Congress Must Not Turn Its Back on America’s Families

By Wade Henderson, Civil Rights

The pandemic has taught us that we can ultimately pull through this difficult time if we do what is best for everyone. Over the past year and a half, too many families and communities across the country lost loved ones, lost jobs or access to their classrooms, and had their lives suddenly upended. But we banded together to face the challenge of adapting and surviving under unprecedented conditions. The strain, however, was felt most strongly by low-income families, especially those in communities of color, who because of systemic racism and decades of structural inequality in almost every area of life were more vulnerable to poverty and economic insecurity — even before the COVID-19 pandemic struck.

That is why our communities called out the need for the federal government to invest in the type of country we know we can be — one in which everyone can live with dignity and meet their basic needs. As we continue our fight against COVID-19 and the economic crisis it brought on, we need a commitment from our elected leaders to deliver a better future for all.

The expanded child tax credit (CTC) and the Emergency Broadband Benefit (EBB) program, passed to address the economic crisis the pandemic exacerbated, have helped provide much needed relief to families and give them the tools to work, study, and connect with their communities. The expansion of the CTC increased the amount families received and expanded who qualified for the full credit, including those with very little to no income. The EBB provides free or discounted internet service — up to $50 a month ($75 on tribal lands) toward the cost of a consumer’s internet bill for people who qualify.

Unfortunately, the expansions to the CTC and the EBB are both temporary. Making the expansions permanent will help ensure everyone can access the same opportunities to succeed. We will not go back to failed policies that perpetuate inequalities and hold our communities back. The devastation communities experienced during the pandemic require us to reimagine what kind of America we want to be. Congress has an opportunity now to reassess policies that have exacerbated disparities and injustice and to invest in all our families by making these two federal incentives permanent.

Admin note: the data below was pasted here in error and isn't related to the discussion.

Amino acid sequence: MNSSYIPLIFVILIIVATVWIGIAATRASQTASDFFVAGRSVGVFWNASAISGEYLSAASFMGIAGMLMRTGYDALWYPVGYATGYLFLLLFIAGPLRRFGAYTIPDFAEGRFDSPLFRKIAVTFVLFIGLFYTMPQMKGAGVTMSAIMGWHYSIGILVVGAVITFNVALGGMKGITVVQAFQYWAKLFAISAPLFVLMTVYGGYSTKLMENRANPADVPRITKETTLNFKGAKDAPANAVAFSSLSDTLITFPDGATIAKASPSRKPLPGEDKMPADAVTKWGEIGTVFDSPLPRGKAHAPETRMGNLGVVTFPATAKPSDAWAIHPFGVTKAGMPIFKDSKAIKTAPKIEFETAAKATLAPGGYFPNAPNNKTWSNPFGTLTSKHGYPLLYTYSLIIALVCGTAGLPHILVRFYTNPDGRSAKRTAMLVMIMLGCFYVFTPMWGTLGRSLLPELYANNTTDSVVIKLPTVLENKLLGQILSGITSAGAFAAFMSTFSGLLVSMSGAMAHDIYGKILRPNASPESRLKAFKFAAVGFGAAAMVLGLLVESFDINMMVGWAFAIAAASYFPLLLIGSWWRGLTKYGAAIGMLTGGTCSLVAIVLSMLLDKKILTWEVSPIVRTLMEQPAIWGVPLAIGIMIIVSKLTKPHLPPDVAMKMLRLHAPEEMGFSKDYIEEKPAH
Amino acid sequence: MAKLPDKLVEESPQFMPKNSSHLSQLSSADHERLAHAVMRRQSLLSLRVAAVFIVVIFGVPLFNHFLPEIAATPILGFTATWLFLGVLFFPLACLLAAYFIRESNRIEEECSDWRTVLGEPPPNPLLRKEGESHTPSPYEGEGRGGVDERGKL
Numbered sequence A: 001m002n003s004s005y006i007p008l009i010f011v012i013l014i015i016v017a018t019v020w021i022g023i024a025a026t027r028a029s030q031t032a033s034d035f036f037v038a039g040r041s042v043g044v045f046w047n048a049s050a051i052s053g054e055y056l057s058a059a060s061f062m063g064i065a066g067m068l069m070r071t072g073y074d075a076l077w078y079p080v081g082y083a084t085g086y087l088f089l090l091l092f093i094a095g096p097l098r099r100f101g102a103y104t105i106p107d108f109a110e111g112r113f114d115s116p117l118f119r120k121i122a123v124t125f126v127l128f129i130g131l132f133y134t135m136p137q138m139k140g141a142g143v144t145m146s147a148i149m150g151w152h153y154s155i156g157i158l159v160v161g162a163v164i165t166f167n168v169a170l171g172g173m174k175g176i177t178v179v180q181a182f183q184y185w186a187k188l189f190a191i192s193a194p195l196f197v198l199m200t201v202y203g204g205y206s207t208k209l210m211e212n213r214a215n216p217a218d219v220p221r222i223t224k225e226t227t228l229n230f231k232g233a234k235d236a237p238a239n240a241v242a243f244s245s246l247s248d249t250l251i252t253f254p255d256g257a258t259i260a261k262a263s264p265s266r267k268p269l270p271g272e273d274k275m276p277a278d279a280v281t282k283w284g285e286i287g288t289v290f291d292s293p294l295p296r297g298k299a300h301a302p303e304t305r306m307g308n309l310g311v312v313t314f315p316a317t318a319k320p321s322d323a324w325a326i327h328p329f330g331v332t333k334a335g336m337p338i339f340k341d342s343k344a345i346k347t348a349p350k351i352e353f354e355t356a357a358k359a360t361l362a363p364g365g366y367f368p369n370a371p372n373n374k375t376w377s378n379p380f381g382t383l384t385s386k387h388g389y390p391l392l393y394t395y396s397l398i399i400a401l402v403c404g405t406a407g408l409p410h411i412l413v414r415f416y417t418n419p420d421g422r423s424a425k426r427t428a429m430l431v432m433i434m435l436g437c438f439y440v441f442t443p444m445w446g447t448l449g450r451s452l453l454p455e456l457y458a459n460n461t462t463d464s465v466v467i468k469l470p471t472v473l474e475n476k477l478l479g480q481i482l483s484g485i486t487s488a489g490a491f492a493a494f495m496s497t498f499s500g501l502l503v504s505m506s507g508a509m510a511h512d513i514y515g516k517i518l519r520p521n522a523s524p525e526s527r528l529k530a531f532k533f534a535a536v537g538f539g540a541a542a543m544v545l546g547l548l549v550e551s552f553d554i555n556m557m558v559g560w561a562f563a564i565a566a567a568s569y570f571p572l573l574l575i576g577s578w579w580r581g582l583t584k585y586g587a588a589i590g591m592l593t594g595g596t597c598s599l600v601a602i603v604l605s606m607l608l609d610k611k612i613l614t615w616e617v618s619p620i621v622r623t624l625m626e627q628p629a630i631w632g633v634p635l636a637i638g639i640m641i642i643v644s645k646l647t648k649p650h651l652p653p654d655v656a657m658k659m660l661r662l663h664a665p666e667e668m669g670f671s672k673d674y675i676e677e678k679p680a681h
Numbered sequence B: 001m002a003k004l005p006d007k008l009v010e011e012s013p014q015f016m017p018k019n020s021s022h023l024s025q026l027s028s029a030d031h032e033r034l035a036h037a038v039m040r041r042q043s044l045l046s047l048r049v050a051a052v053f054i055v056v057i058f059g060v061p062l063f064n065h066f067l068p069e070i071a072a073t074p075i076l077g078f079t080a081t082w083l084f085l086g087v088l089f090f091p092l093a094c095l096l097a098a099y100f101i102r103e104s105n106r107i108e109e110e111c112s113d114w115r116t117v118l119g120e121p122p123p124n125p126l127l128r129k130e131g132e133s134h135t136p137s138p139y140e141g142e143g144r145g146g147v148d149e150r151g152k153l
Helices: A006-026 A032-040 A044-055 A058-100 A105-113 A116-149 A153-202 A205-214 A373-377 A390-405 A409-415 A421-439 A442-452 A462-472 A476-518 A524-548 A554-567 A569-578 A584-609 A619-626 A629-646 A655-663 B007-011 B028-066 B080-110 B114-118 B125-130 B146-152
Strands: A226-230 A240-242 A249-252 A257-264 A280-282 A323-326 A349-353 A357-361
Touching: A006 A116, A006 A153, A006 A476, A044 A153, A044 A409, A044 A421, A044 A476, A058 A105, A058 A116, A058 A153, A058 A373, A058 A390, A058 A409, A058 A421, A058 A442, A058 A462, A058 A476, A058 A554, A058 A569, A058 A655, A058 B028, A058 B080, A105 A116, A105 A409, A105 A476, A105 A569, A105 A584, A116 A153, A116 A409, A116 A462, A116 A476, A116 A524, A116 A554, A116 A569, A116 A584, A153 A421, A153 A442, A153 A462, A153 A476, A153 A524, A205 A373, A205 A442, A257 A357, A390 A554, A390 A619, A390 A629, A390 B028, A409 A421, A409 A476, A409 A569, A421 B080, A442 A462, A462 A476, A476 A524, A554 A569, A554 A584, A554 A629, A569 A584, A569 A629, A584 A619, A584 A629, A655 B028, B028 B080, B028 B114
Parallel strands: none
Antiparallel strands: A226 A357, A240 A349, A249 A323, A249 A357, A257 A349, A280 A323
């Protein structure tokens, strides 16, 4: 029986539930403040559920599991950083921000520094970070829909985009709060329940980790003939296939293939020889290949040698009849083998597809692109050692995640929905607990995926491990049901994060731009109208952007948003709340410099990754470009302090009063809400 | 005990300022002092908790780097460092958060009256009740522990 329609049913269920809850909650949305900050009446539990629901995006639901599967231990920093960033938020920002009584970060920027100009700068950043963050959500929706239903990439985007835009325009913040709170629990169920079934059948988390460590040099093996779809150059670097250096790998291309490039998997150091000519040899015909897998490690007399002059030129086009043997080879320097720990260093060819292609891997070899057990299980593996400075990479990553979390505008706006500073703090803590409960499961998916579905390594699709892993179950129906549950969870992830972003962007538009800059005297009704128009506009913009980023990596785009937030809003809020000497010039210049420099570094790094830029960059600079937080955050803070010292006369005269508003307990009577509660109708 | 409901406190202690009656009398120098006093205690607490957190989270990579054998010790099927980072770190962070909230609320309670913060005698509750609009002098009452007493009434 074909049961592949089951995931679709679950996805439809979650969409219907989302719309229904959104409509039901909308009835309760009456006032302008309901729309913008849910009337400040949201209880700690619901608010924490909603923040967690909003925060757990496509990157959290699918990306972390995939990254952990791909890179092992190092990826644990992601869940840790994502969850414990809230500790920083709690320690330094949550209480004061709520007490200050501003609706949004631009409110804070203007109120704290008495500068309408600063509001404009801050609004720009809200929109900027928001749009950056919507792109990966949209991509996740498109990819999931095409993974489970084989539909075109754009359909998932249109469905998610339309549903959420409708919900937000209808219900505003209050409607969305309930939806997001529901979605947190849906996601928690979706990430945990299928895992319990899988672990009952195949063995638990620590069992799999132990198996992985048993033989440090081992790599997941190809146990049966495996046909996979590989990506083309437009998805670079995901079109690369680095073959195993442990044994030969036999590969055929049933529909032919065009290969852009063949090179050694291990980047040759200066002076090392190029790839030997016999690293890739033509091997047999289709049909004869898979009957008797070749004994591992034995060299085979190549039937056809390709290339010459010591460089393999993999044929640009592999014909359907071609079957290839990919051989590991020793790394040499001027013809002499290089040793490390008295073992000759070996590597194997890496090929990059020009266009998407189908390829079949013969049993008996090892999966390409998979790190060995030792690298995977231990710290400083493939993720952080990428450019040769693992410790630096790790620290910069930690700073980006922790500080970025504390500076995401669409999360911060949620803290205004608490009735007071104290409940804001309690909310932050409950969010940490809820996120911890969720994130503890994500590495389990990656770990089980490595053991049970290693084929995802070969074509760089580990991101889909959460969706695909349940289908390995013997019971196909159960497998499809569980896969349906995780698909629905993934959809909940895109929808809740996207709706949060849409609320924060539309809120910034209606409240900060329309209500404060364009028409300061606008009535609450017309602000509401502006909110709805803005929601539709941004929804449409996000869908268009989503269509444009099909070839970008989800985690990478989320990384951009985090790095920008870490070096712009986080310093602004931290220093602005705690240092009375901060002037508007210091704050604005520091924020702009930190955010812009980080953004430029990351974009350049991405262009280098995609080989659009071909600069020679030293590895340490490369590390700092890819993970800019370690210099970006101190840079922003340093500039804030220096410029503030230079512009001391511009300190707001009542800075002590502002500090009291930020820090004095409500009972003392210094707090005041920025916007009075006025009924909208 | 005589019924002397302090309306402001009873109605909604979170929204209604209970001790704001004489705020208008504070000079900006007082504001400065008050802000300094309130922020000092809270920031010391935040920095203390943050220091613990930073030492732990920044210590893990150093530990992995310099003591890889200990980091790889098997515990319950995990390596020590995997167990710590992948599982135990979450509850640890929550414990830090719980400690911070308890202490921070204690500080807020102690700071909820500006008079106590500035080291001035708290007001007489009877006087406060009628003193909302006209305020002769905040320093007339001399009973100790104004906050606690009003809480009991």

With broadband now as important as electricity was in the last century, affordable connectivity is more critical than ever. Through the EBB program, Congress has made it clear that affordable connectivity is a top priority with bipartisan support. The benefit tackles an important racial and economic injustice: About 10 percent of both Black and Hispanic Americans and 13 percent of American Indians and Alaska Natives have no internet subscription compared to 6 percent of White households. Without affordable technology, communities of color are unable to access health care or educational and job opportunities. The EBB program is an important watershed moment in helping to connect millions of households to affordable broadband — but it is only the first step. The current bipartisan infrastructure bill includes funding to extend the life of the EBB program under a new name and at a slightly lower subsidy level. A rapid and bold effort to support a permanent broadband benefit and digital inclusion program is necessary to meaningfully address the serious gaps in broadband adoption and ensure all families, no matter their color or zip code, can benefit equally from advances in technology. Our health, our economy, and our communities of color will not fully recover without it.

The expanded CTC and the EBB program are transformative for our society, and they will reduce poverty and increase opportunity for all families — including those who have been fighting against decades of systemic racism and inequality. Already, families receiving monthly CTC payments have used that money to buy groceries and school supplies and to pay for utilities and other essential bills. So far, the CTC has contributed to a 29 percent reduction in child poverty in just two months — lifting more than 4 million children above the poverty line, more than half of whom are children of color. Parents also reported the lowest levels of food insecurity since the pandemic started after receiving the credit.

Congress must not turn its back on America’s families. Failure to make the expanded child tax credit and the Emergency Broadband Benefit program permanent would be a callous policy choice forcing millions of children and their families back into poverty — and we can’t let it happen.

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